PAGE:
> [read whole story]
From Long Legged Fly.
Micah has an interesting post on some of the factors that come into play when translating a foreign movie title into Chinese for mainland viewers. In the entry he talks about the titles of the following movies:
– The Host (Korean)
– Pirates of the Caribbean
– Night at the Museum
– The Devil Wears Prada
– Casino Royale
Micah tells us that the Chinese name of the creature in The Host is 魊. Hoping to see what a 魊 supposedly looks like, I searched for an image of it on Baidu. Although page 2 of those search results seems to suggest that the creature looks like Maggie Cheung, I didn’t really get my answer. However, I did end up discovering a site I didn’t know about: CnMDB.com. Yet another Chinese site shamelessly ripping off a successful foreign website. (Yawn.)
Note that the IMDb page has no ads (in this selection), way more movie pictures, and uses a romanized version of the Korean name.
My friend Jamie Doom is planning his return to China. But he’s not exactly sure which part he wants to live in:
Hangzhou and Shanghai are also interesting options. Many of my best friends living in China live in those two places. I have already lived in Hangzhou. Shanghai is a big convenient city. Neither town would make me get out of my comfort zone that much.
So I have been thinking of going somewhere new. But where? I want a town that is no more than three million people and no less than 100,000 people. I want a place that has some natural beauty nearby. I like the outdoors and living somewhere beautiful does lift my spirits on those invariable days of loneliness and confusion. I need some help. I need some advice. If you are a China expat or a Chinese and you live in a cool place. Tell me about it. Could your town use another laowai?
Jamie’s population requirements rule out the usual recommendation of Beijing (pop. 7,440,000) or even Tianjin (pop. 5,090,000), but not some of the other popular but slightly smaller choices such as Nanjing (pop. 2,820,000), Chengdu (pop. 2,340,000), Dalian (pop. 2,181,600), Qingdao (pop. 1,860,000), Kunming (pop. 1,540,000), and Xiamen (pop. 697,000).
If you have any helpful suggestions, head on over to to Jamie’s entry: A Dart and a Map of China.
There’s a hilarious entry on a blog called Long Legged Fly about playing soccer in China. An excerpt:
> But the best part of this whole experience is that you cannot play soccer on this field without getting hurt. The ground is too hard. The ground is too slippery. The ground has too many divets and weird ditch like things that zigzag across it. Plus, the Chinese players are very grab-happy and kick-your-shins-happy. So essentially what the Chinese have done is invent something that yet again the world can imitate–an open-air factory that produces injuries. Playing here I have injured my groin, my wrist, my left ankle, my right ankle, a number of my toes, my shins, my face, as well as other parts of my body that I didn’t even know existed until I got them injured, such as my bozon and my kleptok.
Check out the whole thing.
I recently got an e-mail from Albert Wolfe, the guy behind Laowai Chinese. In the blog Albert shares his experiences learning the Chinese language. He has lots of great observations that I recommend any beginner take a look at.
What especially caught my attention was a recent post on tones. This is because Albert has employed some of the same tone mnemonics that I myself devised and relied on once upon a time.
> Once you learn how to say each tone, then associate some emotion with each one. For example, here’s my own personification and characteristics for each tone:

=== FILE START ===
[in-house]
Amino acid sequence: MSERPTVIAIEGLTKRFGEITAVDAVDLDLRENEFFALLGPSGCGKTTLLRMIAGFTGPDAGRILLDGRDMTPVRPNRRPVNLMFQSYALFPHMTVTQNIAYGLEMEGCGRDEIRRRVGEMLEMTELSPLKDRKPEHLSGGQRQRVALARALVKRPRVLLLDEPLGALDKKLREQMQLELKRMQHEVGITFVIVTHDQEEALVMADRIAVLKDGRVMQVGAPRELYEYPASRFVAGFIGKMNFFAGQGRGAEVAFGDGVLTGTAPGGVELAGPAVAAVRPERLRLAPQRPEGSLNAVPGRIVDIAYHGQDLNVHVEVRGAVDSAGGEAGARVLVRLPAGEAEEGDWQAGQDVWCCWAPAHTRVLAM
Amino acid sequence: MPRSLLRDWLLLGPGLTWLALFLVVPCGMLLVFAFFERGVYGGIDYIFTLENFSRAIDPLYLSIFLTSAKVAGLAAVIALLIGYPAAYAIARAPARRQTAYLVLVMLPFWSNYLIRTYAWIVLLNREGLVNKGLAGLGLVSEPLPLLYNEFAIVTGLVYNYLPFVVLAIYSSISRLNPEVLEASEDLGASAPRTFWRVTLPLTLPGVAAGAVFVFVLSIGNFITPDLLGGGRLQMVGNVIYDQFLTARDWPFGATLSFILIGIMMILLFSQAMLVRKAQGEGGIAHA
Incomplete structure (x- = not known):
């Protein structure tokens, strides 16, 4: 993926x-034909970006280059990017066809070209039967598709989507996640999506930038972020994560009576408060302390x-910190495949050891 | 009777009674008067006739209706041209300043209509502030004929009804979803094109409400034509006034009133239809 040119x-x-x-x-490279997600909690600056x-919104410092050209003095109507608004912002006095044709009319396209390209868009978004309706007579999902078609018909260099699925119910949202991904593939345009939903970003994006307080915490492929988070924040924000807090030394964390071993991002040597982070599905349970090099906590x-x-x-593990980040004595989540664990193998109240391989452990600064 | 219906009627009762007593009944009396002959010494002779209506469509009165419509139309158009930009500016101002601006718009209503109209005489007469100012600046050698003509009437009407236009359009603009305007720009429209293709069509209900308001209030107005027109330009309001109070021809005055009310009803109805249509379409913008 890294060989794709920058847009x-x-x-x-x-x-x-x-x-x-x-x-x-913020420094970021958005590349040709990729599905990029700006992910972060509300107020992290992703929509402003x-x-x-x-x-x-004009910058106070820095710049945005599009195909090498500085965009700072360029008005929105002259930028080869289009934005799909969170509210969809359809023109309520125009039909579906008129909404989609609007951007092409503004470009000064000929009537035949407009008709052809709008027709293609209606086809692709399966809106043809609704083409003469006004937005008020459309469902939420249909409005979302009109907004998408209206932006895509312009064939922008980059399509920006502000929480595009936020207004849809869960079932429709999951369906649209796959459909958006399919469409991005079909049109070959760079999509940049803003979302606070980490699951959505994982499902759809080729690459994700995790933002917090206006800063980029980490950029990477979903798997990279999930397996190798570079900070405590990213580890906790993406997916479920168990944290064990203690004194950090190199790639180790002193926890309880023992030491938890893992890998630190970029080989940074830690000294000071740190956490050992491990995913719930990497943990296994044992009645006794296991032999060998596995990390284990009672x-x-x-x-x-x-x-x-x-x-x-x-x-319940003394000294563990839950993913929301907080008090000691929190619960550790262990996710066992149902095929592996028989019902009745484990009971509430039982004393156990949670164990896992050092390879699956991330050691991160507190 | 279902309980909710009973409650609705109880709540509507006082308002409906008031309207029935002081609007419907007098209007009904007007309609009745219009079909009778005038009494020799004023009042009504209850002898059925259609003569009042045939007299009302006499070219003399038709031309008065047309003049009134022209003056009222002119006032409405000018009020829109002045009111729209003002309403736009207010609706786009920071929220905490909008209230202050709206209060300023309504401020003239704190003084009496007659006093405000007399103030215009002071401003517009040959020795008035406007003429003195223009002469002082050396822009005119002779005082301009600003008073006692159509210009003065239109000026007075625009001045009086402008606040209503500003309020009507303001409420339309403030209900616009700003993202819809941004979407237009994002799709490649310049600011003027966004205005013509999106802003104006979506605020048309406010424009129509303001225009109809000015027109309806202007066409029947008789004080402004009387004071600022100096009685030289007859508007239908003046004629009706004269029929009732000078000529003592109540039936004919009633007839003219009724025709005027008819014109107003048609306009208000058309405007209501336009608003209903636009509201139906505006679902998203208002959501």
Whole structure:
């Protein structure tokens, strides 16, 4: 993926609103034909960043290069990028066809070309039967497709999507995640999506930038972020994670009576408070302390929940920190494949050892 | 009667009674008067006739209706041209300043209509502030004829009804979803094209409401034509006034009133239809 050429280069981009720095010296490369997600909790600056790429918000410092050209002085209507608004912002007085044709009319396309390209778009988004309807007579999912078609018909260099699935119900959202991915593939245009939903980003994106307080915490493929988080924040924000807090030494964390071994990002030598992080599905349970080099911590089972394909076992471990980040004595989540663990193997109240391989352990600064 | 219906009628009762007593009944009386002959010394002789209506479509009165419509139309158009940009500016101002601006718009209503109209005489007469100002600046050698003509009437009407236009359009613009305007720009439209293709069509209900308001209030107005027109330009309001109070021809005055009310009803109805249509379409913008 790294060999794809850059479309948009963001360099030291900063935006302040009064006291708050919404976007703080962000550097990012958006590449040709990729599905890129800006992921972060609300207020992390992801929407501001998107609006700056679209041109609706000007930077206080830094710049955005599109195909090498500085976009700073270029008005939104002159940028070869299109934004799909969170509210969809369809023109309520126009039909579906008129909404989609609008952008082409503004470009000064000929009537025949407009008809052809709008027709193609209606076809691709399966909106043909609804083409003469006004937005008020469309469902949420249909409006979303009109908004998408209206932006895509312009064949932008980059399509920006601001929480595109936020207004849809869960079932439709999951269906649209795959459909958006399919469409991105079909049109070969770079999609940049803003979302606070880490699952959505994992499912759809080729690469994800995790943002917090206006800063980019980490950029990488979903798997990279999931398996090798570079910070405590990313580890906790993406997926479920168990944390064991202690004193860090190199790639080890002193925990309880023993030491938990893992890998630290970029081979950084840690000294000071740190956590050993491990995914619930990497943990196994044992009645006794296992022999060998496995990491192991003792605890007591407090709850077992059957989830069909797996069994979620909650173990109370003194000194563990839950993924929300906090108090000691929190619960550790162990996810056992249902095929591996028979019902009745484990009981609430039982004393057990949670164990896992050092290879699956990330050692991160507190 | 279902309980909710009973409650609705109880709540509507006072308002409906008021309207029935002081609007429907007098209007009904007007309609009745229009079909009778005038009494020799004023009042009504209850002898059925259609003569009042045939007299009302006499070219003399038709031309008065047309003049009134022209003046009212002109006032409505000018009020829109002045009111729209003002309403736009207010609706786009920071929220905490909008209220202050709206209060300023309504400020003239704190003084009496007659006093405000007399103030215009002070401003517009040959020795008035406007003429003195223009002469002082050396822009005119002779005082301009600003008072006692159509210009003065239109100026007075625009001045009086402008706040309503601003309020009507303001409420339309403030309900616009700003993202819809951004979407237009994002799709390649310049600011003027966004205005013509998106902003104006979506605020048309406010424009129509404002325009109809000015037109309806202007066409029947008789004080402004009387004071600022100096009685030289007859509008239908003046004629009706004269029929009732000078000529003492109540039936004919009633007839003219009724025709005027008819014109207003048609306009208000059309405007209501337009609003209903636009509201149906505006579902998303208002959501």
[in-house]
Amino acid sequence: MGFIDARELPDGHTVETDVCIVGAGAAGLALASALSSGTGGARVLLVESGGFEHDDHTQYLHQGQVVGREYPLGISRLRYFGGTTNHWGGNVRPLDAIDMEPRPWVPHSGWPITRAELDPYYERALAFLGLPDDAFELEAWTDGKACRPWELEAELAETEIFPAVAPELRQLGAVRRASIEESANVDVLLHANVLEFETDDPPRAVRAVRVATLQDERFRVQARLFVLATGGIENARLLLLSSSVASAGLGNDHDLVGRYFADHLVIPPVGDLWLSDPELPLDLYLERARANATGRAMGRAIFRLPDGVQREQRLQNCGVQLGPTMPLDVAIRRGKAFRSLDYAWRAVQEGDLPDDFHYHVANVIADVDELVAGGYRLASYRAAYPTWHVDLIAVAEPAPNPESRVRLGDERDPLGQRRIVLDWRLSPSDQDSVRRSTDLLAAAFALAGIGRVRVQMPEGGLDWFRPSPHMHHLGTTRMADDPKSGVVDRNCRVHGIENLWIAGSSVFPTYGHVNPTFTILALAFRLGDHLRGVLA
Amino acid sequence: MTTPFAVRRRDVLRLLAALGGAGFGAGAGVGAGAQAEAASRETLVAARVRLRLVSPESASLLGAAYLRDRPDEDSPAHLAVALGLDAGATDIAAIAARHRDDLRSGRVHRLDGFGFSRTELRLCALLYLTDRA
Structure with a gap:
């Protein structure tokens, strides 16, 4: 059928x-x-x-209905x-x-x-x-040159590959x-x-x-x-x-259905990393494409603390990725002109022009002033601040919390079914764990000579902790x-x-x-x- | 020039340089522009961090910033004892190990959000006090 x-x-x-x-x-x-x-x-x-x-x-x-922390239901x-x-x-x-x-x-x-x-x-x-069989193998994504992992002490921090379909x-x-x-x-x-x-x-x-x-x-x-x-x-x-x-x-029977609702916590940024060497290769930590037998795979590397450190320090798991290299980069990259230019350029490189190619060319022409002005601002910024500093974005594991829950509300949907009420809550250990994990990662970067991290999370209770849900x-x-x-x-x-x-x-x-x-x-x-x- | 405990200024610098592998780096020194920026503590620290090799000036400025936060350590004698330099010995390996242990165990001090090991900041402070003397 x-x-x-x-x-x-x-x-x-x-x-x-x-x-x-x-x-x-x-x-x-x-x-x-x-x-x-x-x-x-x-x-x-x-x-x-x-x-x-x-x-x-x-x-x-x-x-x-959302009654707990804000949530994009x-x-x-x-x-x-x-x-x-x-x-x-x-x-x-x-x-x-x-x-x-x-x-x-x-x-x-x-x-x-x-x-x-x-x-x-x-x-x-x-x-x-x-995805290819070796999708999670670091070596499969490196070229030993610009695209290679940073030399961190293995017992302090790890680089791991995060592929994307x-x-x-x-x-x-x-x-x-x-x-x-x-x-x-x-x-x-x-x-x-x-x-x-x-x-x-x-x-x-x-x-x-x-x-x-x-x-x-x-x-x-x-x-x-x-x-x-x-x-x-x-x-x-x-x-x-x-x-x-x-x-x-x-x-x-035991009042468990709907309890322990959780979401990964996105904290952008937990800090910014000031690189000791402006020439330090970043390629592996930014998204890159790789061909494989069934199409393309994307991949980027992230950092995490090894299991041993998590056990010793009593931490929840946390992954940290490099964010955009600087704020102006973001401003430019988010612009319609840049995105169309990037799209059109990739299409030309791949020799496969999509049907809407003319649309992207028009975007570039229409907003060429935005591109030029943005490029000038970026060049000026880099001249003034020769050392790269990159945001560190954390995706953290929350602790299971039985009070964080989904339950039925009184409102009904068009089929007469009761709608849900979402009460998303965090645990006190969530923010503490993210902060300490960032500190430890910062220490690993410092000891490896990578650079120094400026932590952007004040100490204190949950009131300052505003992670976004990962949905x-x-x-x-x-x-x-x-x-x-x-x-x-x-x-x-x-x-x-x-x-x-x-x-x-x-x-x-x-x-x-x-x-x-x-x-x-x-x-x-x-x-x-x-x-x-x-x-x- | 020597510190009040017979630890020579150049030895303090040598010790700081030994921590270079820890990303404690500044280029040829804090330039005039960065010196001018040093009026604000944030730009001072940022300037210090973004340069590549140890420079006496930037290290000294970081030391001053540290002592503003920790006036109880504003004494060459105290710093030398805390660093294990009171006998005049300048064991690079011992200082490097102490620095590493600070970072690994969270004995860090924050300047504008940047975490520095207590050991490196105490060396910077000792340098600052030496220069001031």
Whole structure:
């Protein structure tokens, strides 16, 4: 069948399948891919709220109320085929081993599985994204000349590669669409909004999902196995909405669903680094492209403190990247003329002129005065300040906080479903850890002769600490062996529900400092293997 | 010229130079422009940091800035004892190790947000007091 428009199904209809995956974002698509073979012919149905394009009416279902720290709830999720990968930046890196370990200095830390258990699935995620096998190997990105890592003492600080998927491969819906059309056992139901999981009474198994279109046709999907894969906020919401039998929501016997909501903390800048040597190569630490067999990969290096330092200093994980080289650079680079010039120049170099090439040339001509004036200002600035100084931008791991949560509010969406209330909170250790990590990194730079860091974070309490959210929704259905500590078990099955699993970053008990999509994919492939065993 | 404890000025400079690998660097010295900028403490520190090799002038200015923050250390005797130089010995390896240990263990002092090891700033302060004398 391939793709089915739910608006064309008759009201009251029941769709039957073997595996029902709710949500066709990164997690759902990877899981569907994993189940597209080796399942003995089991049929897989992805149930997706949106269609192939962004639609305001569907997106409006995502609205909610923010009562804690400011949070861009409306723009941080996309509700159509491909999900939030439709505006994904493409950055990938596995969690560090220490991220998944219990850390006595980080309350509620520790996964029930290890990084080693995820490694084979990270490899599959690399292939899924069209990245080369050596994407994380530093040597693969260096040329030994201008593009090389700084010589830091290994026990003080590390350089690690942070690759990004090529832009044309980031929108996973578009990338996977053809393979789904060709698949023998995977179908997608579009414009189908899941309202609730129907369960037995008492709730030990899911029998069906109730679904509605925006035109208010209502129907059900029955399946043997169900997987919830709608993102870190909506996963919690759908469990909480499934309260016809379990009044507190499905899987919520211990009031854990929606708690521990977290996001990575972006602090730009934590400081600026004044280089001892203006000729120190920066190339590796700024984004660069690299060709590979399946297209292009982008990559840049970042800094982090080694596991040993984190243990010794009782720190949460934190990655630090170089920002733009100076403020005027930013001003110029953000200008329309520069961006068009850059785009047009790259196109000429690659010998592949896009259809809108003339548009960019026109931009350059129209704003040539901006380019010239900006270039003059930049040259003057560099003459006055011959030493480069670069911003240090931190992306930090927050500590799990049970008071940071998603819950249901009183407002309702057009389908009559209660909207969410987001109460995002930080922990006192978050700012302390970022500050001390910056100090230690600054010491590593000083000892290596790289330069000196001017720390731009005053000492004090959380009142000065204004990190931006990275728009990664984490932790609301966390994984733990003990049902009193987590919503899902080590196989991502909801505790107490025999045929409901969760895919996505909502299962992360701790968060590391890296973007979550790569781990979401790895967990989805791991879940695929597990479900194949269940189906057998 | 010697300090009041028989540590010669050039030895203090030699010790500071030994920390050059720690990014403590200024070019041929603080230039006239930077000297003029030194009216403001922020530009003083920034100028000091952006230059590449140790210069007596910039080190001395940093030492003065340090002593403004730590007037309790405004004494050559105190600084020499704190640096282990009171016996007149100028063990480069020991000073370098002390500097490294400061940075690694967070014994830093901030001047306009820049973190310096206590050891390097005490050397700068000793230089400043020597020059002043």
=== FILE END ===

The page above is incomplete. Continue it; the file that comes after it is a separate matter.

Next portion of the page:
> 1. 1st tone = transcendent, helpful, simplicity.
I love words that have the first tone because of their simplicity and how easy they are to sing out and pronounce correctly.
> 2. 2nd tone = insecure, unsure, questioning.
I sympathize with words that have the second tone because I’ve been unsure and insecure myself. I don’t blame them for sounding like questions.
> 3. 3rd tone = mischievous, mean-spirited, illusive, like a bird you’re trying to watch but he dives into the water and pops up where you aren’t looking.
I hate words with the third tone. They take more work and more time to pronounce. They change depending on the words near them. They seem to exist only to make my life more difficult.
> 4. 4th tone = angry, demanding, impatient.
I also like words that have the fourth tone because I can shout them out. These words give me a chance to vent. Usually, as a default, if I don’t know the tone of a word, I’ve found I’ll say it as a fourth tone involuntarily.
Meg at Violet Eclipse says:
> China is so safe, a girl could walk alone at night without worrying she’d be attacked or robbed. China is so dangerous, she might fall into a gaping hole in the middle of the sidewalk, left but the constant construction.
> Chinese people are the hardest-working people I’ve ever seen. People like Juice Aunt and her husband are outside with their cart, all day, every day, no matter what the weather is. But Chinese people are the laziest people I’ve ever seen. I’ve gone into restaurants and seen the staff asleep on the dining tables.
Read the whole entry.
There are so many ads for cosmetic surgery in Shanghai taxis these days. Ken reports this grim discovery:
> Now, it can be annoying when you’re sitting in a taxi and you cannot turn off the TV screen 18 inches from your face, but I can live with it. However, what I saw in the taxi today today was perhaps a new low. There was a print ad, mounted on the back of the head rest in front of me, advertising a plastic surgery clinic that obviously churns out operations. Part of the ad was a reflective plastic thing (it looked like tin foil) in the shape of a mirror that invited you to look into it and consider if you didn’t need to do something about your looks. (I answered in the affirmative.)
> So there you are stuck in traffic, on a Monday morning for an hour and all you see is your own, crumpled, ugly mug looking back at you with, a doctor holding a scalpel smiling at you. (I wept profusely.) I almost told the taxi driver to head over to the clinic and get it done before lunch.